You absolutely cannot leave a kitten outside all day – they can be stolen, killed by predators from crows to dogs, run away, etc. This means, you have to leave them indoors. However, if you aren’t there to teach them not to scratch furniture and climb curtains, they’ll grow up thinking this is okay and become one-cat demolition derbies with no manners.
4.They need less frequent feeding.
Kittens need small meals 3 – 6 times per day, depending on age. Kittens of 8 to 12 weeks old need small meals 4 x daily. The younger they are, the more small meals, so, if you adopt a 5- or 6-week-old kitten, you may need to feed them 6 times per day. If you aren’t working at home, this is going to be a problem. Free-feeding* isn’t always the solution as, in some kittens, this can lead to obesity. Adult cats, however, are usually fine with free feeding or 2 meals per day.
*Free feeding: Leaving food out 24-7 for cats to nibble whenever they feel like it.
5.What you see is what you get.
There is no guesswork with adult cats: their size, fur type, eye colour, coat colour and markings, energy levels, etc. are clear to see. Kittens don’t always look how the same when they’re adults. For example, blue eyes can become yellow or green, fluffy coats can turn out to be short, light patterns can go darker, tiny kittens can become huge cats, etc. So, if there’s something specific you’re looking for, you’ll know exactly when you’ve found it by adopting an adult cat.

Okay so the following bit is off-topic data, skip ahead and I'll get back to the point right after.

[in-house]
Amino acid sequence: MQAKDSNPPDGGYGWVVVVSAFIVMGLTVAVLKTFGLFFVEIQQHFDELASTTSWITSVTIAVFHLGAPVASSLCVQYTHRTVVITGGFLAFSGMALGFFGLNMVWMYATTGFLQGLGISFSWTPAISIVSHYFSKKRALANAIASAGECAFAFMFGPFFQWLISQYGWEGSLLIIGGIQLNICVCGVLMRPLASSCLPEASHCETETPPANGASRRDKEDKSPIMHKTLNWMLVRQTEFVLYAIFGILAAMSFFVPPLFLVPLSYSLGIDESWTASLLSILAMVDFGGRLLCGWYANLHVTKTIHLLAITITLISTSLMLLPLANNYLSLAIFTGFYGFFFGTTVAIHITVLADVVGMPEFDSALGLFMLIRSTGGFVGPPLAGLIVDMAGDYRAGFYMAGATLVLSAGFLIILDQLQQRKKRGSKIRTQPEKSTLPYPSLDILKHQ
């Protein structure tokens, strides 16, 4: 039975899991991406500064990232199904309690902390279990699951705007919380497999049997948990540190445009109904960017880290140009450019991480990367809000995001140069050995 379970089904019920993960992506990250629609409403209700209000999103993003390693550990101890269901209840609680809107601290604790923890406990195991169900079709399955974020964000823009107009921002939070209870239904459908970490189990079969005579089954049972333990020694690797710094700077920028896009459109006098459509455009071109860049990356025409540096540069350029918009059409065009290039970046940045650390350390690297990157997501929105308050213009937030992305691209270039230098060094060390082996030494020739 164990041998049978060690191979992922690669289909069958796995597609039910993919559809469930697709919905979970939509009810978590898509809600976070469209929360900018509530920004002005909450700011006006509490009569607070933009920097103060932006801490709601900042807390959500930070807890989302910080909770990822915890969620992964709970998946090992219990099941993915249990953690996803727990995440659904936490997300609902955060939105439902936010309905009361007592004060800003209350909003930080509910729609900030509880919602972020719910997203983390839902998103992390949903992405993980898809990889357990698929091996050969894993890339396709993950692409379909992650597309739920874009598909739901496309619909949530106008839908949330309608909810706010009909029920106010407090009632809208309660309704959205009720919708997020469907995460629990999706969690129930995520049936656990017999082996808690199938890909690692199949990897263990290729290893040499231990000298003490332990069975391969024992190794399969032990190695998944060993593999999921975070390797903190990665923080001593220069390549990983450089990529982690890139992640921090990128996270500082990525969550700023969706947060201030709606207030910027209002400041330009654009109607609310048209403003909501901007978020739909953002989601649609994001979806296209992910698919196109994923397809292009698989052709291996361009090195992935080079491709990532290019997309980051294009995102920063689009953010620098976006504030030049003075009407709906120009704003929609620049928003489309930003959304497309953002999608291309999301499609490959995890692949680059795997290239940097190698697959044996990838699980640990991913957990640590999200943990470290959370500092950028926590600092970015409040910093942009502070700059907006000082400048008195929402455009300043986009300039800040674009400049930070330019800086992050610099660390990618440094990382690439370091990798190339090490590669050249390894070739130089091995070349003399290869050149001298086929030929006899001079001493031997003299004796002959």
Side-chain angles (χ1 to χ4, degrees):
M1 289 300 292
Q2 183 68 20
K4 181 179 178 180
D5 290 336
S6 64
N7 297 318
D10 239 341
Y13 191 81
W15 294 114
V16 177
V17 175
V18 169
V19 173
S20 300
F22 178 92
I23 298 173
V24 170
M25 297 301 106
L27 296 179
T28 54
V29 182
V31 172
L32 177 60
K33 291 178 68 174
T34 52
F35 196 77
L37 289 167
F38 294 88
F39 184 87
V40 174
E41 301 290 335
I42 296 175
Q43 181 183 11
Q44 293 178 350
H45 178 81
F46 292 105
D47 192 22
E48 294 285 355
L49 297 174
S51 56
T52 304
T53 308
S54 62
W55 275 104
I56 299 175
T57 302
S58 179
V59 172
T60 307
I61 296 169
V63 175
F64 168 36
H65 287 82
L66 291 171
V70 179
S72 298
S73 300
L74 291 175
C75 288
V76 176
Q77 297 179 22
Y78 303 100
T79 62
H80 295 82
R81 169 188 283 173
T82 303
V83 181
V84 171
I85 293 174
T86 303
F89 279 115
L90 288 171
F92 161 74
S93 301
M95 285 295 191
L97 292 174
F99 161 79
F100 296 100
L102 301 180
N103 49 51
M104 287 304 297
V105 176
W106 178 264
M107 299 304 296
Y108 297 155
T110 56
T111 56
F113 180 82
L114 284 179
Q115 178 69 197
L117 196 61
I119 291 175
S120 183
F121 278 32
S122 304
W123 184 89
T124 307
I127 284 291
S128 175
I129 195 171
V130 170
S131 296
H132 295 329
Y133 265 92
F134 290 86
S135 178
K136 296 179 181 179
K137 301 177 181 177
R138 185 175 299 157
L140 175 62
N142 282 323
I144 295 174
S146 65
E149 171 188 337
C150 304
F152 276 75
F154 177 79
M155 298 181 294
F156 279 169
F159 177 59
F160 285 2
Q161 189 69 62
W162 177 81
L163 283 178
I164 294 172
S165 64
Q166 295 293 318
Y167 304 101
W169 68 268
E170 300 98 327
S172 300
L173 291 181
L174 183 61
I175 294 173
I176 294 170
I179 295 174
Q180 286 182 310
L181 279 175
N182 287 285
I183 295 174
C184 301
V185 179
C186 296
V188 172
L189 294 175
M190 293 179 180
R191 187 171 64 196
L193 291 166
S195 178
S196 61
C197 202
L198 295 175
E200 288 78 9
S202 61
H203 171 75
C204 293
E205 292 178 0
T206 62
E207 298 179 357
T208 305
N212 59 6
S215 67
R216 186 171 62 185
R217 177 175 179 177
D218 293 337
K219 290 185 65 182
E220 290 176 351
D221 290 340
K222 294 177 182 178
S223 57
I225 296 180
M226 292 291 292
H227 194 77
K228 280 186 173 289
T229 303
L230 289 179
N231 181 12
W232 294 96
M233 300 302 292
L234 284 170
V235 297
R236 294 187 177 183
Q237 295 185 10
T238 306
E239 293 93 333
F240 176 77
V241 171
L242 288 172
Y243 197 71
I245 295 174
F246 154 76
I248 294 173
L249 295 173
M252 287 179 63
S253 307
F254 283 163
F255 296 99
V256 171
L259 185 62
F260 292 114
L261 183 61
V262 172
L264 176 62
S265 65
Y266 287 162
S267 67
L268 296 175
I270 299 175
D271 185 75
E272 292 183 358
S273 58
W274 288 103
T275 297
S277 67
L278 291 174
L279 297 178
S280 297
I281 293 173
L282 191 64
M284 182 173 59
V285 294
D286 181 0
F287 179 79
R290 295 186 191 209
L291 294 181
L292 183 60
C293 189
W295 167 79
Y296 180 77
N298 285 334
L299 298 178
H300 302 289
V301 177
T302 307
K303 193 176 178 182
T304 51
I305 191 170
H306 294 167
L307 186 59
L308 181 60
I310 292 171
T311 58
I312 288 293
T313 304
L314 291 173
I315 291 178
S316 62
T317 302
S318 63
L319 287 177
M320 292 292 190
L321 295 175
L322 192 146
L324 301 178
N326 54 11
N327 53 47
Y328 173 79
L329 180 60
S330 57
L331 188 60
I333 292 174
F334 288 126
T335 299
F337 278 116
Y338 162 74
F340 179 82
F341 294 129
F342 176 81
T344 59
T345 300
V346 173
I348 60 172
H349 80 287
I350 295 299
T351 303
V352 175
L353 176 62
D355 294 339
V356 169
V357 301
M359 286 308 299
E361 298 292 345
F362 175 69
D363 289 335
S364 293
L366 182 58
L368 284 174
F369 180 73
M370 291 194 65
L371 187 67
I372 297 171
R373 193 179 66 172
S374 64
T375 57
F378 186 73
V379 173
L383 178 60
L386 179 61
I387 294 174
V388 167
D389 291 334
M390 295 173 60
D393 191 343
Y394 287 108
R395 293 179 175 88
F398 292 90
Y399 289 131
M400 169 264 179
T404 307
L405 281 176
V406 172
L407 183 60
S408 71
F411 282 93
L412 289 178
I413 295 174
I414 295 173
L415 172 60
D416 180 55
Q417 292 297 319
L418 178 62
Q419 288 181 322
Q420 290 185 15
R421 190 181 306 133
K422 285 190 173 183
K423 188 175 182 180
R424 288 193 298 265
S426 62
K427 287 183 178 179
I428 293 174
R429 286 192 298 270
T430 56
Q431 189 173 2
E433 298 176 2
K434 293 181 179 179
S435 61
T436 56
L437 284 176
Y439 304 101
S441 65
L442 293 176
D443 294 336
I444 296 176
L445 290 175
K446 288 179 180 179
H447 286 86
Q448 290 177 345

6.Great for children.
The best choice is a cat of around 1 – 2 years old which has a relaxed, sociable personality. They will usually have more patience and can think on their feet. They’re robust enough not to be as easily hurt, playful enough to still have fun, and, because cats live a long time, still will grow up and have many years as your child’s companion. Kittens are not ideal for young children (approx. under 6 years) for many reasons. Read our article on why kittens aren’t the best choice for families with young children here: Kittens and kids.
Adult cats, especially older ones, are independent and can entertain themselves. This means they’re perfect for busy homes where people are often out, or for people who work outside the home. This doesn’t mean you can ignore your cat; it means you don’t have to feel guilty if you’re at work all day.
8.Cats can be playful at all ages.
One of our volunteers has a 20-year-old cat who still likes to play! So, there is really no age limit on fun and playfulness when it comes to cats. It’s all down to the cat’s personality, so be sure to tell the animal welfare if you want a playful cat.
9.Cats can live a very long time